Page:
Titsey Road
The road crosses the baby river Eden by an invisible bridge alongside the pumping station. It then follows the course of the Eden downhill with the river on the west.
Howard's Lodge. This is the lodge on the east side of the park
Eden Water Pumping Station. This stands on the Eden, heavily fenced with no signage.
South Green. Grazing meadow, once called Sow Green
South Lodge  This was built in 1868 and designed by George Devey,  It stands on the west of the south drive

Vanguard Way
This is a long distance walk from East Croydon to Newhaven. The walk was developed in celebration of the 15th anniversary in 1980 of the Vanguards Rambling Club, who named themselves after returning from a walk in the guard's van of a crowded train. The walk runs diagonally across the park, and the square

Water Lane
Park Farm. Dairy Farm
Pitchfont Lodge. At the junction with Pitchfont Lane. This is at the main entrance to the park.
Limpsfield Lodge Farm.  17th timber framed and tile hung house. Use of local freestone.
Pitchfont Farm Cottages. 18th pair of red brick houses.

Sources
British Listed Buildings. Web site
Historic England, Web site
Parks and Gardens UK,. Web site
Pulham. Web site
Southwark Diocese. Web site
Tandridge District Council. Web site
Tatsfield, Titsey and Chelsham Pubs. Web site
Titsey herd. Web site
Titsey Place. Web site

Friday, 20 January 2017

M25 Titsey Eden source



Post to the east Clacket Lane
Post to the west Titsey Park


Broomlands Lane
This is a footpath and bridle way running from the Westerham Road to Titsey Village.  In this stretch it runs through woods and fields, crossing the motorway on a footbridge.

M25

River Eden
The River Eden  is a tributary of the  Medway, It rises from a source in Titsey north of Clacket Lane motorway services

Roughfield Shaw
Woodland


Sources
Wikipedia. River Eden. Web site

M25 Clacket Lane



Post to the east Westerham Croydon Road
Post to the west Titsey Eden Source




Clacket Lane
Westwood Pumping Station. This was built by the Limpsfield and Oxted Water Co. and is now run by the Sutton and East Surrey Water Co. It was taken over by the Chelsam and Waldingham Waterworks Company Ltd, becoming the East Surrey, in 1930. It has a greensand water source and on site is treatment works. There were three bore holes here.
Waterworks Cottages. Housing originally associated with the waterworks
Playing field. This was immediately south of the waterworks
Westerham Road Industrial Estate. Industrial and trading area. This may be on the site of the playing fields.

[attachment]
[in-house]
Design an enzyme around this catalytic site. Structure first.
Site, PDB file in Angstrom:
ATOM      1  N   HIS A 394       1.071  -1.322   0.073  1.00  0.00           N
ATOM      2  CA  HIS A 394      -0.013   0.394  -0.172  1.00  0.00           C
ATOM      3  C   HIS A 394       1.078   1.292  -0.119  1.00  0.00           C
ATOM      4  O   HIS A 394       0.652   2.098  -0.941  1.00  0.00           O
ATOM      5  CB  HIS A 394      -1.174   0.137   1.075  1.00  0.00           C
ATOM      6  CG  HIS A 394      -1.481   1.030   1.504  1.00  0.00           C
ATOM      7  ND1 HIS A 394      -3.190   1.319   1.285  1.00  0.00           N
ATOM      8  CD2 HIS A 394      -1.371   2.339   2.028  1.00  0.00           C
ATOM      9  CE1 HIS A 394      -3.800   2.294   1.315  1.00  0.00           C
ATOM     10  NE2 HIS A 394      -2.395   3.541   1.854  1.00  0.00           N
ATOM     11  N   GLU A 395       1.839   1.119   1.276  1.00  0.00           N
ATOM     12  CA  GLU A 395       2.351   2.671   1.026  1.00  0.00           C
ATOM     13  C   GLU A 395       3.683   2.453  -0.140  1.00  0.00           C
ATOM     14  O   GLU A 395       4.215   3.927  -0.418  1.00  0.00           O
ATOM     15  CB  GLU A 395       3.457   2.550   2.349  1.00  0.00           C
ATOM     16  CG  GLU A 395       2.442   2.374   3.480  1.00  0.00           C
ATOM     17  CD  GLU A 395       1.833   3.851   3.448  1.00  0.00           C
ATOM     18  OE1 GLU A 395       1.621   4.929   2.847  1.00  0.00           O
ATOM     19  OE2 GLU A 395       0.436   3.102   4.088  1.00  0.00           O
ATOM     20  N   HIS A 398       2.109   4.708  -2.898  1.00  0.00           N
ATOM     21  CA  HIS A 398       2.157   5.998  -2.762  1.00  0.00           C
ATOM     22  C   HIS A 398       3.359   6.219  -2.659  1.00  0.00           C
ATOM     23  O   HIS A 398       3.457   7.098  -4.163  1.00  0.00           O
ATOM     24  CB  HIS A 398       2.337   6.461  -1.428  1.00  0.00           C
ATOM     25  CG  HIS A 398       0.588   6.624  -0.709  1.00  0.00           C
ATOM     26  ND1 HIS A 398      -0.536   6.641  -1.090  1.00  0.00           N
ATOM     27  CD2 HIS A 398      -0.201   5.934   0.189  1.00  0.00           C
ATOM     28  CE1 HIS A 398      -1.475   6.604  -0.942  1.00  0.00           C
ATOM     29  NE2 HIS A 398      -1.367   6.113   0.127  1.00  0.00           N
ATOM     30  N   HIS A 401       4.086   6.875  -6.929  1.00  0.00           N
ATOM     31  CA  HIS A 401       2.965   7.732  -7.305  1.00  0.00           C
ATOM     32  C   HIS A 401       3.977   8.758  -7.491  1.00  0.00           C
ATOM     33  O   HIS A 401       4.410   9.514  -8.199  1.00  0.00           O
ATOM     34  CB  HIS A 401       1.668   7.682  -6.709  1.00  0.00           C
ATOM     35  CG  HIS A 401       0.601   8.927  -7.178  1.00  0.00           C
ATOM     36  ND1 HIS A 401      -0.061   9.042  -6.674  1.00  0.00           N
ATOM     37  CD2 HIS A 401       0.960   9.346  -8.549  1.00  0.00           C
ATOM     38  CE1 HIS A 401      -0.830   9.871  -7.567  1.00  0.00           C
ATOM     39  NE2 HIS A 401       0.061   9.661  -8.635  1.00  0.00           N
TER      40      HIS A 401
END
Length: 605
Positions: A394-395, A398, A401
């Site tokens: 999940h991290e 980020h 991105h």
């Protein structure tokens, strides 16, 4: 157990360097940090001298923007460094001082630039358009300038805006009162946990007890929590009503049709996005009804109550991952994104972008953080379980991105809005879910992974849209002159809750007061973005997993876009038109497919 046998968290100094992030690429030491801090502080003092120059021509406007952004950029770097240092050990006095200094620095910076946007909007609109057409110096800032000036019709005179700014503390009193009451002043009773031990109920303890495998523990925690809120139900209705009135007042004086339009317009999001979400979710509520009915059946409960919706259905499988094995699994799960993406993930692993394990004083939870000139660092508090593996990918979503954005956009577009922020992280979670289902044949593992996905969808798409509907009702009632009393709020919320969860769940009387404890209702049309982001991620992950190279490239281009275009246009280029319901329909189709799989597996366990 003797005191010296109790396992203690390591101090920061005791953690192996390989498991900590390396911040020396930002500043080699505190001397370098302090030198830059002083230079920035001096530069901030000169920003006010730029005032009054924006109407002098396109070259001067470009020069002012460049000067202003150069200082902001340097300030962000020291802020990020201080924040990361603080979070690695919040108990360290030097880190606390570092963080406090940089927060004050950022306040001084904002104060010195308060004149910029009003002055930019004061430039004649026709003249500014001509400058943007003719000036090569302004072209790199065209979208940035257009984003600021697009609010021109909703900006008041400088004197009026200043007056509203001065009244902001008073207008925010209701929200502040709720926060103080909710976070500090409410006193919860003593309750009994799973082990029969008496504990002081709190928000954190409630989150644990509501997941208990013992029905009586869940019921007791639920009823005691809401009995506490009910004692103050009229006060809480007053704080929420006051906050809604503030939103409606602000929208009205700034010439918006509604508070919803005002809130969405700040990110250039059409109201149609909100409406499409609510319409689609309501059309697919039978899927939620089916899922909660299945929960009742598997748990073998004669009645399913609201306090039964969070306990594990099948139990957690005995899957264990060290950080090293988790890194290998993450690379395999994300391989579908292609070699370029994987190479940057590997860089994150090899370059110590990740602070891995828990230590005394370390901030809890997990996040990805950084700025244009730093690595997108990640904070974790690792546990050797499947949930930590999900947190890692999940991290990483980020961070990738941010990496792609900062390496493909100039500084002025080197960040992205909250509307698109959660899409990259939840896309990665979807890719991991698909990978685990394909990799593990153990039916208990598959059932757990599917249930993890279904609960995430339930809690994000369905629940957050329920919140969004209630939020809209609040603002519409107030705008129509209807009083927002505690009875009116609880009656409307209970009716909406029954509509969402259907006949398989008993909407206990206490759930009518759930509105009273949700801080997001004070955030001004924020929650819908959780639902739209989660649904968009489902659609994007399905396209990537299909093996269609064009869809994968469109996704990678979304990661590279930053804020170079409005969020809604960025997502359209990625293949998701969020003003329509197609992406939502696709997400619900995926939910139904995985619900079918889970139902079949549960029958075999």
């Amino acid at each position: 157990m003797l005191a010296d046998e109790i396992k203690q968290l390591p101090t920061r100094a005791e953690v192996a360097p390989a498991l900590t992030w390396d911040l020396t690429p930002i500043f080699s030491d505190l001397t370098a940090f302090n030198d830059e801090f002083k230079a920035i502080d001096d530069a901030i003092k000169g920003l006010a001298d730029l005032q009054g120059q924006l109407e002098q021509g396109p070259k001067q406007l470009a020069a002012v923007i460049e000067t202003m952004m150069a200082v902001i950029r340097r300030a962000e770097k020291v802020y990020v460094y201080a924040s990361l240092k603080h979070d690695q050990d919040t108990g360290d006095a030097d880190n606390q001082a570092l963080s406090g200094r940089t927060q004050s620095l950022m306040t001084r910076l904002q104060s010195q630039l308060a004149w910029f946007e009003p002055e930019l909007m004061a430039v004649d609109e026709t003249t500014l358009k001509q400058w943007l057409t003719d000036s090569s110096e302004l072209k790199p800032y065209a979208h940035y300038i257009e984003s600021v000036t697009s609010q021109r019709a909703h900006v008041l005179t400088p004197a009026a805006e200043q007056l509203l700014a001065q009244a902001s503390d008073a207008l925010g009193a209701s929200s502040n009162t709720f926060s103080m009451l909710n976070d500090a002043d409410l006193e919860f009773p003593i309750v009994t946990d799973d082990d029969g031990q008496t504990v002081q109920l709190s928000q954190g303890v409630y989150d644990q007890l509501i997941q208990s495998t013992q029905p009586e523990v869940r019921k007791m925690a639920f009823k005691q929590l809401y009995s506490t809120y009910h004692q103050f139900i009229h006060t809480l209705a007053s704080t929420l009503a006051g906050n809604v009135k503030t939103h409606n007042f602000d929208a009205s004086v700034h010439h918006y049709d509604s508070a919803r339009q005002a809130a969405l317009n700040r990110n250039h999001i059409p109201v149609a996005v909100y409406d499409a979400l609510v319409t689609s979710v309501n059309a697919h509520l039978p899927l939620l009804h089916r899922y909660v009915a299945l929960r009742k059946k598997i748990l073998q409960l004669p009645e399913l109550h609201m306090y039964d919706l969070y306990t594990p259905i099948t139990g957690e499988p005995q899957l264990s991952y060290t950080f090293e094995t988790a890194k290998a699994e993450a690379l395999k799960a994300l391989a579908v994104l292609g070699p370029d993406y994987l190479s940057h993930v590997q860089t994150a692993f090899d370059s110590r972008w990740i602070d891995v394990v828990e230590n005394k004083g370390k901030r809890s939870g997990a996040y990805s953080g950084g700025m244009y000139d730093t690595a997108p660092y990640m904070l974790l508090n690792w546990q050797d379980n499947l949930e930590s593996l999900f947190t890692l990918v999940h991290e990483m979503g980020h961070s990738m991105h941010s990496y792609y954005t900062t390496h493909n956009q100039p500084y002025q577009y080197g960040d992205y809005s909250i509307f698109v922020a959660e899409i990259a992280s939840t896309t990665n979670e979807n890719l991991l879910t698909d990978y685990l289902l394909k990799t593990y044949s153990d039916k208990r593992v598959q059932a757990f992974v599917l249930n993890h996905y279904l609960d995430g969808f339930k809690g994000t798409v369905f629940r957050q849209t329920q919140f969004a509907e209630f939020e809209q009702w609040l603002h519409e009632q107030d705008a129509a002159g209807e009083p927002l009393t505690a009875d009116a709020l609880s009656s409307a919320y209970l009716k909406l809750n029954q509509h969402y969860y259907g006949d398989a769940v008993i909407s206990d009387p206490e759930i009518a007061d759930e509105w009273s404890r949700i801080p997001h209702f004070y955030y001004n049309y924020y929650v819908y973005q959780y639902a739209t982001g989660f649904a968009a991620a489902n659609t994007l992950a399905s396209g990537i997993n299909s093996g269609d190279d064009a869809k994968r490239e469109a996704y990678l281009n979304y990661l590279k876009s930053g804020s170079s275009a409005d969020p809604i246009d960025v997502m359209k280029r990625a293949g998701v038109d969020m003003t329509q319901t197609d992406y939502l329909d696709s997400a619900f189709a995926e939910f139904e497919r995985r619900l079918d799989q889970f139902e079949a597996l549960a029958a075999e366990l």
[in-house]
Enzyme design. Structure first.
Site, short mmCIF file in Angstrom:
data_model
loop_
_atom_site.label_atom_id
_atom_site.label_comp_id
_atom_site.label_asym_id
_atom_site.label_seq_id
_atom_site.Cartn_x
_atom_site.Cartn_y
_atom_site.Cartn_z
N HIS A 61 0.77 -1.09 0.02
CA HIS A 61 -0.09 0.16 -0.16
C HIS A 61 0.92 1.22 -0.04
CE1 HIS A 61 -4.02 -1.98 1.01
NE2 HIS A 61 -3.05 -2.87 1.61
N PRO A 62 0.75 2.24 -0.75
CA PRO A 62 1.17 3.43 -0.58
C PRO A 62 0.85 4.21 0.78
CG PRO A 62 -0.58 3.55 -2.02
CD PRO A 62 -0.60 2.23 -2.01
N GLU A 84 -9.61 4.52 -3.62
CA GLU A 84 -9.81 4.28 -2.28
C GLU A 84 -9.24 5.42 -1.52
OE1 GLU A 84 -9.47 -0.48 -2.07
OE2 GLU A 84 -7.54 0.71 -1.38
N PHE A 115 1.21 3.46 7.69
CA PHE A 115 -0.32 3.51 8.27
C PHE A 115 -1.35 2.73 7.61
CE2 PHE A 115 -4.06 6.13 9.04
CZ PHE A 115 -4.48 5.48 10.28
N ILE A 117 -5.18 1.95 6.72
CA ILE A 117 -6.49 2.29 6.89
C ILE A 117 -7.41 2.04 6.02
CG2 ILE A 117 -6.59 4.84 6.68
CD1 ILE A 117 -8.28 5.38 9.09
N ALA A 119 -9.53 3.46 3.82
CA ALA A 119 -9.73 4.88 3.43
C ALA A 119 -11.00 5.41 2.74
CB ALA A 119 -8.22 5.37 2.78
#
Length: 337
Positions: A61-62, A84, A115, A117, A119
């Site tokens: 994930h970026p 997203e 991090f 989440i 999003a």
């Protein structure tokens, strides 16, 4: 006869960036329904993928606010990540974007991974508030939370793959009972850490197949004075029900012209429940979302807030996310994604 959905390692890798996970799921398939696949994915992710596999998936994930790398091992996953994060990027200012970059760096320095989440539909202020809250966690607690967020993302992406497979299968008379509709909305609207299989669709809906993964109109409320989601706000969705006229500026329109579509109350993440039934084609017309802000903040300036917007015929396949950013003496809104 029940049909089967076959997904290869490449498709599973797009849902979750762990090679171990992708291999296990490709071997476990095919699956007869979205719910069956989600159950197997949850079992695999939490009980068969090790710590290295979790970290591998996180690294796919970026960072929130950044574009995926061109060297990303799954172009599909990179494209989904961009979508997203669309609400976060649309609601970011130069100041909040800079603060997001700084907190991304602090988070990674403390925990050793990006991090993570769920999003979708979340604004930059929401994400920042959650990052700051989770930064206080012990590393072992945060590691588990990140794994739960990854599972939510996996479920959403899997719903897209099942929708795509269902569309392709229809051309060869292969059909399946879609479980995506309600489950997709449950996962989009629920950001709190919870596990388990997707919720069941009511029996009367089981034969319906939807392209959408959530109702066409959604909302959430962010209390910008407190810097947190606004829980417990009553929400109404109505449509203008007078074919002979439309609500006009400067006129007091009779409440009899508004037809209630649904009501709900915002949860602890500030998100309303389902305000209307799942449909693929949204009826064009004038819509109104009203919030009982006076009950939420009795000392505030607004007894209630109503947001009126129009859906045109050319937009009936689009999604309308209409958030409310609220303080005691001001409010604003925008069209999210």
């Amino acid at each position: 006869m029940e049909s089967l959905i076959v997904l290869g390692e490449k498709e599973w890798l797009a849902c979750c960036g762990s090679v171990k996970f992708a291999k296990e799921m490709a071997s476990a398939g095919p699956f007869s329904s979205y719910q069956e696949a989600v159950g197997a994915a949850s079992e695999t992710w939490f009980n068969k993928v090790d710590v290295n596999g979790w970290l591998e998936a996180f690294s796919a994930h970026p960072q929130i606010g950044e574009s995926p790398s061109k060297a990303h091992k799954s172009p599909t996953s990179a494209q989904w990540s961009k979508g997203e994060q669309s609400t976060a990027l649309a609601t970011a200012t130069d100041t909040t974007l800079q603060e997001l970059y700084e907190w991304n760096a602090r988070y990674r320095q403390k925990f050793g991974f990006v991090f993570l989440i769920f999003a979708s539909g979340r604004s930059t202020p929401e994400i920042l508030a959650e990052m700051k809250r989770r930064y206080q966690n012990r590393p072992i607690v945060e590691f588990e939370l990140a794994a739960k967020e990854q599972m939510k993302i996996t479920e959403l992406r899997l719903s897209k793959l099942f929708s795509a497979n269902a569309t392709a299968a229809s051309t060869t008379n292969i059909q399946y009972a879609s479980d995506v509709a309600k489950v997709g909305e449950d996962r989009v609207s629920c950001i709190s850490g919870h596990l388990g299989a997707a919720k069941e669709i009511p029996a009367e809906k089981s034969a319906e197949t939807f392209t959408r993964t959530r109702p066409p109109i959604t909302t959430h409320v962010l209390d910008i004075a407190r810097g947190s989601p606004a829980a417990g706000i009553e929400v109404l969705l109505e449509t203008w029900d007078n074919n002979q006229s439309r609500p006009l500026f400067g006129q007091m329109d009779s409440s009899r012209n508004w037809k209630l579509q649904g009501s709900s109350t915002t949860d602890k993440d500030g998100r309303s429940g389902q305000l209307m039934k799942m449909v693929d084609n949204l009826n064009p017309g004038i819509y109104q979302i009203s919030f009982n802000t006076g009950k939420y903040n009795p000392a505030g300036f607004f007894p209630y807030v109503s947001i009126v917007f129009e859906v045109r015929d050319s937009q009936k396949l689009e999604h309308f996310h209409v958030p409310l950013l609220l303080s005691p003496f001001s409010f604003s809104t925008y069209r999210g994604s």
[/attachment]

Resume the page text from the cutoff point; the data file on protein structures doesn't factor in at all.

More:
Moorhouse Tile Works.  Originally the Moorhouse Brick, Tile and Concrete Products Company Ltd with a concrete roofing tile work, it was taken over by Redland in 1948. The company later became Lafarge and then Braas Monier Building Group. This was a large works which included internal tram systems, settling ponds and overhead conveyors’. There are now plans for a distribution depot here. Neolithic implements have been found on site
Westwood Farmhouse, Late 18th building in brown brick
Westwood Farm cottages. 
Tip. In the 1980s this was opposite the cottages on the other side of the road
Clacket Green. This is road side waste land.
Cupid’s Coppice. Woodland designated as of conservation importance
Clacket Wood. Woodland designated as of conservation importance
Church Wood. Woodland, to which is attached a legend of a church which was begun but each days building was demolished overnight
Church Field. In the field are a Romano-Celtic temple and an adjacent 65m stretch of the main Roman London to Lewes road. They are both buried and only visible as parch marks in dry weather. . Investigations of 1879 and 1935 show the temple as a small square building, of which the flint footings survive. The road runs to the east and had a flint and gravel metalled surface.
Square Wood, Woodland
Wet Wood. Woodland
Titsey Wood.  Site of Special Scientific Interest and apparently famous in the fox hunting classes


M25
Clacket Lane service stations. There are two motorway services one on each side of the M25 which  are operated by Roadchef. The site was chosen from around five possibles on this section of the M25 although Chevening was originally preferred. The site was chosen in 1976, but it took almost 20 years to be finally confirmed. Roman artefacts were found during construction. At one time the westbound was thought to be the largest services in the country – and the most expensive. The filling stations were originally run by Elf then Total, to Shell and now BP.

Sources
Bourne Society.  Web site
British Listed Buildings. Web site
Historic England. Web site
Motorway Services On line. Web site
Sutton and East Surrey Water Co Web site
Tandridge Local Council. Web site

Thursday, 19 January 2017

M25 Westerham Croydon Road

Post to the south Moorhouse Bank
Post to the east Westerham
Post to the west Clackets Lane

Croydon Road